Do I have to stay open on Christmas Eve?
Published: 26 Nov 2015 By Dr Saqib Anwar
GMS practices are entitled to subcontract services to ‘an appropriate provider’ if they perceive there will be low demand for services, as experienced by many practices on Christmas Eve and New Year’s Eve, which a subcontractor will be able to meet.
NHS England has now revised its guidance on Christmas opening to reflect this, after a practice issued with a breach notice for closing early in 2013 won its legal battle to overturn it.
So in an effort to clear up any remaining confusion, here are the rules, along with some tips on how to prepare for the festive period.
How to subcontract
Practices with historically low demand on Christmas Eve and New Year’s Eve may decide to close early.
To subcontract services on these days, practices must apply in writing to the area team or CCG as soon as possible. Strictly speaking, the contract holder must apply, though practices may apply as a group, or the LMC may apply on behalf of all opted-in practices, as we do in our area. Here, practices pay the LMC to arrange cover from the local out-of-hours provider and we have agreed practices can close at 4pm.
NHS England or the CCG can only refuse to allow the subcontract if:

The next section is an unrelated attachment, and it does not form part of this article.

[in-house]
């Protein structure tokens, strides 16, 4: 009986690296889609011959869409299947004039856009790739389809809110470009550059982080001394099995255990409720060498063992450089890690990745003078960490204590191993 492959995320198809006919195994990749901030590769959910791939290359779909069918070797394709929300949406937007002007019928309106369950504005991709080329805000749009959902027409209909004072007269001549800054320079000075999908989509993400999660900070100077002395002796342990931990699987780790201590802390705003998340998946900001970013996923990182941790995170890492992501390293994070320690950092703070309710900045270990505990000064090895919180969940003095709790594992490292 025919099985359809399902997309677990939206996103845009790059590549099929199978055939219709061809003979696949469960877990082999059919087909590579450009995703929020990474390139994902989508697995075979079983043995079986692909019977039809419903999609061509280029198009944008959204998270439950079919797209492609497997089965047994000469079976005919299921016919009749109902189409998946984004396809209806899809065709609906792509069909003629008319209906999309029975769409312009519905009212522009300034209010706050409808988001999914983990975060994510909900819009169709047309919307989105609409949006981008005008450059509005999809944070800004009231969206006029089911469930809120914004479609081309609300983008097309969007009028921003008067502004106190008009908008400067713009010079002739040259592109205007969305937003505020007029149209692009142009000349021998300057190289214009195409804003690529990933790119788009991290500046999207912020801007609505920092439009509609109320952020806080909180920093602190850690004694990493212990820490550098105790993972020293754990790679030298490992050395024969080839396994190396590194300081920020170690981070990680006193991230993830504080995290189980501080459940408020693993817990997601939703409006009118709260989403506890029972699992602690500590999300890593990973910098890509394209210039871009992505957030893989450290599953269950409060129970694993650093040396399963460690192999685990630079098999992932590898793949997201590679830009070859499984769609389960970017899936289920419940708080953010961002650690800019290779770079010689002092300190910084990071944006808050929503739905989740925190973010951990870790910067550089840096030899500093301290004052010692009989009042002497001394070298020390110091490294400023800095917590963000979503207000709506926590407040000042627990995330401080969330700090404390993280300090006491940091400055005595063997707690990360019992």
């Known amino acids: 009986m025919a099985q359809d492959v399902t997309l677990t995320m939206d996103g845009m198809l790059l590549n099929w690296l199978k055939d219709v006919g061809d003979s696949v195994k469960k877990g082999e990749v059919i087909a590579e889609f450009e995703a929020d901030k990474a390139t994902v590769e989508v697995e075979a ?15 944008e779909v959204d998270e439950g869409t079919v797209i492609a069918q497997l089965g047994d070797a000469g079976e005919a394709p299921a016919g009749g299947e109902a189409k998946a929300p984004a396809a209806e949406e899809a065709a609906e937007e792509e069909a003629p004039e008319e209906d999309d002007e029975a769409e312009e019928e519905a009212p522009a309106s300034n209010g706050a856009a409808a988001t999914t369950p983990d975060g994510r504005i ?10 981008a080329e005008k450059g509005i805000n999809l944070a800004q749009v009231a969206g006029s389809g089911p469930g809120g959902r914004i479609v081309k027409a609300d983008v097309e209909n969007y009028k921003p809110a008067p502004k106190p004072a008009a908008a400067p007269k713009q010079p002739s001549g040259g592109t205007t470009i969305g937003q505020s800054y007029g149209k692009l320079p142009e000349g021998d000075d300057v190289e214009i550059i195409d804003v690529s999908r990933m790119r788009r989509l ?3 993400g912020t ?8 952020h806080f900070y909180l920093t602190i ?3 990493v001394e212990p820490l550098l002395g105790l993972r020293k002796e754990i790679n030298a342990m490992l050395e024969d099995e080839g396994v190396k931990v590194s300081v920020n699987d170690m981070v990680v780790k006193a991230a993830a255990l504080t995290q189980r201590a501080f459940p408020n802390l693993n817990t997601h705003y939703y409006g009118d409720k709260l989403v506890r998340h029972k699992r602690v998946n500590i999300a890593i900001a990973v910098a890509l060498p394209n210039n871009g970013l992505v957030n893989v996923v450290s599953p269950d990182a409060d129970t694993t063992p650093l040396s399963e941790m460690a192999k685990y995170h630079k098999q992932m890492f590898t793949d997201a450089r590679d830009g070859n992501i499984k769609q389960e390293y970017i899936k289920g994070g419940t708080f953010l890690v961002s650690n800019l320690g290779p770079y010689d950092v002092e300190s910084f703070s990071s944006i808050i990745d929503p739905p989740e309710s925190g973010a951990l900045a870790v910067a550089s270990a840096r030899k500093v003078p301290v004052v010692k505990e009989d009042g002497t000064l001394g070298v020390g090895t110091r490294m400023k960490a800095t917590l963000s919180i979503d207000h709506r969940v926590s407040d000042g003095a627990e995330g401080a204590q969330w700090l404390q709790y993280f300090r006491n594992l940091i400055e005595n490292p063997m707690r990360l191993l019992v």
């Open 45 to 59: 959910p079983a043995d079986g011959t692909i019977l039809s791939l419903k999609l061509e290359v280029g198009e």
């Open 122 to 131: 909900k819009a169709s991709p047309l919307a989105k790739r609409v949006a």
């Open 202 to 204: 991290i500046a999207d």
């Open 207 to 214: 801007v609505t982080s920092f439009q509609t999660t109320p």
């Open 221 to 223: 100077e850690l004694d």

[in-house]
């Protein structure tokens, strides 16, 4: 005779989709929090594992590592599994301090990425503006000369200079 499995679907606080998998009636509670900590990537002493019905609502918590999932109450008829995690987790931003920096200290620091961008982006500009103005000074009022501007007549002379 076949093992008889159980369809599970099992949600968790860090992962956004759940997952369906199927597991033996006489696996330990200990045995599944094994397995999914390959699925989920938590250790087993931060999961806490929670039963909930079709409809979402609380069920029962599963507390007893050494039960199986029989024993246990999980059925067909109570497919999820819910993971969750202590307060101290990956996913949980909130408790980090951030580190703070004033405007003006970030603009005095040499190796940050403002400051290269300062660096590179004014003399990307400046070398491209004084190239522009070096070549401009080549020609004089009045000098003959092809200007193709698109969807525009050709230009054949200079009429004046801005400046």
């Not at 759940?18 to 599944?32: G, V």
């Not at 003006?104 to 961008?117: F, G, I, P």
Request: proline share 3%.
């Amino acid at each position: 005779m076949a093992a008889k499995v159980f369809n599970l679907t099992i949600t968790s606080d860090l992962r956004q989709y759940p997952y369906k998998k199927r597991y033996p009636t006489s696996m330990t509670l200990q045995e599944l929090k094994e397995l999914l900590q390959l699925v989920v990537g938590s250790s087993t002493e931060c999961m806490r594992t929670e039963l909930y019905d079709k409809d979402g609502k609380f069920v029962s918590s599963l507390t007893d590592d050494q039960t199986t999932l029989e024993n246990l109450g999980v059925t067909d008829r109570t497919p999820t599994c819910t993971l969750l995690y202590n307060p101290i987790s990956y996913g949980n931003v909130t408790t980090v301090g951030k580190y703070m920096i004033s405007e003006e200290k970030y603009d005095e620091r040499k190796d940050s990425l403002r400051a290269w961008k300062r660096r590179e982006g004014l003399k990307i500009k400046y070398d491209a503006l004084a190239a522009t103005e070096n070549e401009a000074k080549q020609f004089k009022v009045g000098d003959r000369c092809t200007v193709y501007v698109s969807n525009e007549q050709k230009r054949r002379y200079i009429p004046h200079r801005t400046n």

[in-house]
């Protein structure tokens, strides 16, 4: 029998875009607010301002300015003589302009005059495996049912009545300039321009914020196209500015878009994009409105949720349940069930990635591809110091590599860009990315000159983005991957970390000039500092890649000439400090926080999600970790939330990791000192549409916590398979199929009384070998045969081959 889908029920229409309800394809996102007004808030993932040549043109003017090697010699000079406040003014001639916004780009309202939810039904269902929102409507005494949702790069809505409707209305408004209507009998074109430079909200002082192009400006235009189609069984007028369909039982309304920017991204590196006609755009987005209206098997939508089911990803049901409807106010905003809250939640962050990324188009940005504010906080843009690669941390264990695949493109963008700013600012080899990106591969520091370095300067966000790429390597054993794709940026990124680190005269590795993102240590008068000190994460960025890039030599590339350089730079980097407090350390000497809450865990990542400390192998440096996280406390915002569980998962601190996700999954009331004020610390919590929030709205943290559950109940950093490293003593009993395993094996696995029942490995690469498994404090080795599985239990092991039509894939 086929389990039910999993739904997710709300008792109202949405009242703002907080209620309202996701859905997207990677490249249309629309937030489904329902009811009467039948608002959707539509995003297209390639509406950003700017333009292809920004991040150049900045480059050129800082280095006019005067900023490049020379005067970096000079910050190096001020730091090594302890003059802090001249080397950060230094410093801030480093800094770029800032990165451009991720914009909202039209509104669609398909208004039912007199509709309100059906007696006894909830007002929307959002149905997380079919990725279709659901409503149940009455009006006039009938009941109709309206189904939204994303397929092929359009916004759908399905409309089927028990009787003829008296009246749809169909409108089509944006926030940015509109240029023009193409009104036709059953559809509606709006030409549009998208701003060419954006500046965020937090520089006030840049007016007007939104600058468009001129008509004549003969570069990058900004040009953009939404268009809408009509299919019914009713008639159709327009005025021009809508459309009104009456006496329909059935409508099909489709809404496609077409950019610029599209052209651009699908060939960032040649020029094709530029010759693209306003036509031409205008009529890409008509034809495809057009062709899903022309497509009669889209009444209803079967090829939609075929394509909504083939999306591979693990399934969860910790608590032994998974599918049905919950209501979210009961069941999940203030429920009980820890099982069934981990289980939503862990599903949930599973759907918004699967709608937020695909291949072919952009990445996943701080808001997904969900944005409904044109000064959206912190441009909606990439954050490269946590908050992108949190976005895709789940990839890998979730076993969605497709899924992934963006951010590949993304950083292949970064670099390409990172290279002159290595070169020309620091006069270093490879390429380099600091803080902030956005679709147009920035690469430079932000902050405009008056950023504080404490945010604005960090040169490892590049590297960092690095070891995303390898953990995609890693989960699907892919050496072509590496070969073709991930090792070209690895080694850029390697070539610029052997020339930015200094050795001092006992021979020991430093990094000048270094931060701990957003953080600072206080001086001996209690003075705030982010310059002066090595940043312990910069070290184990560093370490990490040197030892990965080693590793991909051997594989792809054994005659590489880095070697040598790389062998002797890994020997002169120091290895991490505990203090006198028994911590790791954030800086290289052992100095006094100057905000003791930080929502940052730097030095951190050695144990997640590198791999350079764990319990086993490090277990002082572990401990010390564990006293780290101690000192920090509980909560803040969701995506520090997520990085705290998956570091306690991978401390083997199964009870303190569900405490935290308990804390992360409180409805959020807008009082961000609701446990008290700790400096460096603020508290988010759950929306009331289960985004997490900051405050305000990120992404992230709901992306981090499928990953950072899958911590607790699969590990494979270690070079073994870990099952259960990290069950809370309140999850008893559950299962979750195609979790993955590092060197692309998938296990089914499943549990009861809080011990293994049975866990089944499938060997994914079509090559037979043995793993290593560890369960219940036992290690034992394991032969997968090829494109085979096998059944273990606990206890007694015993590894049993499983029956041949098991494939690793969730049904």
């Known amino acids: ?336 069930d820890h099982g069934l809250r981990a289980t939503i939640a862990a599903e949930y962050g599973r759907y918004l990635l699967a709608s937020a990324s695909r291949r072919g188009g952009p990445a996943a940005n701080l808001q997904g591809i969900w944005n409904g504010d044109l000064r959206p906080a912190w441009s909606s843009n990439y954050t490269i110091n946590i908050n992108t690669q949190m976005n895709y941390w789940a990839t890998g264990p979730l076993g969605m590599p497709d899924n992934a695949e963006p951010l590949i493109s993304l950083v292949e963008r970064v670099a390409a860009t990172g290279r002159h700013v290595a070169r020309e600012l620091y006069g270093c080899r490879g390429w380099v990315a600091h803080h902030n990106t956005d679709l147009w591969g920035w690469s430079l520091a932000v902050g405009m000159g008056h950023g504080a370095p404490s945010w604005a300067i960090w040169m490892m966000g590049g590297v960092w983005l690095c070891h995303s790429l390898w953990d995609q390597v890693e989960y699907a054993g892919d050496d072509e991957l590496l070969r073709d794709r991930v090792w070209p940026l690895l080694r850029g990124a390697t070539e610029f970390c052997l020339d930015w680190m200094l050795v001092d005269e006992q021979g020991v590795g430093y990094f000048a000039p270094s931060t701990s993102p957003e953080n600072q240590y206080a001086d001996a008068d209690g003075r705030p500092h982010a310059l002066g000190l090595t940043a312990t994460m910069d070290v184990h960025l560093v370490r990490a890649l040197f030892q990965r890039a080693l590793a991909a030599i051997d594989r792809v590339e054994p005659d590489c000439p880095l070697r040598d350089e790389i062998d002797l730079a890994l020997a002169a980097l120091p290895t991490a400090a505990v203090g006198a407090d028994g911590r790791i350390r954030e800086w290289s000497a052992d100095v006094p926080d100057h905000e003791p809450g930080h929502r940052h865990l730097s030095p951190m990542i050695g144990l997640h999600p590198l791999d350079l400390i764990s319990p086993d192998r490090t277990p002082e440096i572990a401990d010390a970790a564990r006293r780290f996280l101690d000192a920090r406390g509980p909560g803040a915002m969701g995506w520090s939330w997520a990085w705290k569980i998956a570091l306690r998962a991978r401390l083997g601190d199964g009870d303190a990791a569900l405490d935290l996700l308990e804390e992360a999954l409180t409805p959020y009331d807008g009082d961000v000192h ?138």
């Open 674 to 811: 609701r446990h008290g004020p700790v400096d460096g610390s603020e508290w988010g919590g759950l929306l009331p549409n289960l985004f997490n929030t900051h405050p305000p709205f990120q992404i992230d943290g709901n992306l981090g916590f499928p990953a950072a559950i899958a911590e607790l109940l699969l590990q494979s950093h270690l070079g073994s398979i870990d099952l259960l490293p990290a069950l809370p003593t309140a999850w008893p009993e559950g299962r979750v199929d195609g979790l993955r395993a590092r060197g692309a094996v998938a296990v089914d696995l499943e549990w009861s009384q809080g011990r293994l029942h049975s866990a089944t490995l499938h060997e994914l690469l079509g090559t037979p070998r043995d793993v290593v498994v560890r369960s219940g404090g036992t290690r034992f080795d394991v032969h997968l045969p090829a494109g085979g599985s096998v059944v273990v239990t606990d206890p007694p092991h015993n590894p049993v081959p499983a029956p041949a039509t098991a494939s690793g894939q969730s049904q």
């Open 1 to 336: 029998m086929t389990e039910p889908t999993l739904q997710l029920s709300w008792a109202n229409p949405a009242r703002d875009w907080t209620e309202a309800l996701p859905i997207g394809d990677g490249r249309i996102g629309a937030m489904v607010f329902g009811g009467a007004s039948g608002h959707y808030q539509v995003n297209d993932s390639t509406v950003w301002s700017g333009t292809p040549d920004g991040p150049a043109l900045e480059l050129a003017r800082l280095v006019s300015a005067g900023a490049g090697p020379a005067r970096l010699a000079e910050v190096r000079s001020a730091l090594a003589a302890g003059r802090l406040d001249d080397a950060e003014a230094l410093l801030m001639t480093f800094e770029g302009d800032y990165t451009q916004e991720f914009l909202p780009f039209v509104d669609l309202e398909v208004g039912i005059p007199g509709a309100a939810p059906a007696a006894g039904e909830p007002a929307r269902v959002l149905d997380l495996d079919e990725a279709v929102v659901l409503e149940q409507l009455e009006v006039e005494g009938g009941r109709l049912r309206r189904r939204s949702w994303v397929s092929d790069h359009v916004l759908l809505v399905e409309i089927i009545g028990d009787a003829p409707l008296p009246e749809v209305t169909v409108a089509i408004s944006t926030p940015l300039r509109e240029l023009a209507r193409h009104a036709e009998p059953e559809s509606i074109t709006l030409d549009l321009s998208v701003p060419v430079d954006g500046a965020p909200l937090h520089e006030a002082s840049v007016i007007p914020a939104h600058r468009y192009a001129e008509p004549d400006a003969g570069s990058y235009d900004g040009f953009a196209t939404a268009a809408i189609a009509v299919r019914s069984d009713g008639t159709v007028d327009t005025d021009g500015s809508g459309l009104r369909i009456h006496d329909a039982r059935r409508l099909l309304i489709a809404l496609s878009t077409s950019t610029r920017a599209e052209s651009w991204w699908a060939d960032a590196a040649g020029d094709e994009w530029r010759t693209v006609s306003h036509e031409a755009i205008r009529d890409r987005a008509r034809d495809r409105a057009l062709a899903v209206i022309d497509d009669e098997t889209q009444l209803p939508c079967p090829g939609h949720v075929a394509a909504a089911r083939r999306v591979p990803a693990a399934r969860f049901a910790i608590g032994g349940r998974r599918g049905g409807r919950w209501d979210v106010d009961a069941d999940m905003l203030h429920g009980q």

• Patients’ safety would be at serious risk.
• The commissioner would be at risk of material financial loss.
• The subcontractor would be unable to meet the obligations.
If a practice chooses to cover its own requirements for the afternoon using one of its own GPs on call or subcontracting to a single healthcare professional, there is no requirement to seek area team or CCG consent. Different rules may apply for PMS and APMS practices.
How to prepare
Warn patients of closures using surgery notices and messages on repeat prescriptions.
Recorded messages that divert patients to the subcontractor after early closing should divert to NHS 111 from 6:30pm. Send special notes on vulnerable patients to the out-of-hours service.
Between 23 December and 6 January, reduce pre-booked appointments and routine consultations, or avoid them altogether. Extend repeat prescriptions to avoid renewal falling within this period. Also, make sure residential and nursing home patients have repeat prescriptions and know the opening times. It is good practice to review any sick patients before closing.
Dr Saqib Anwar is a GP in Oadby, Leicestershire, and medical secretary at Leicester, Leicestershire and Rutland LMC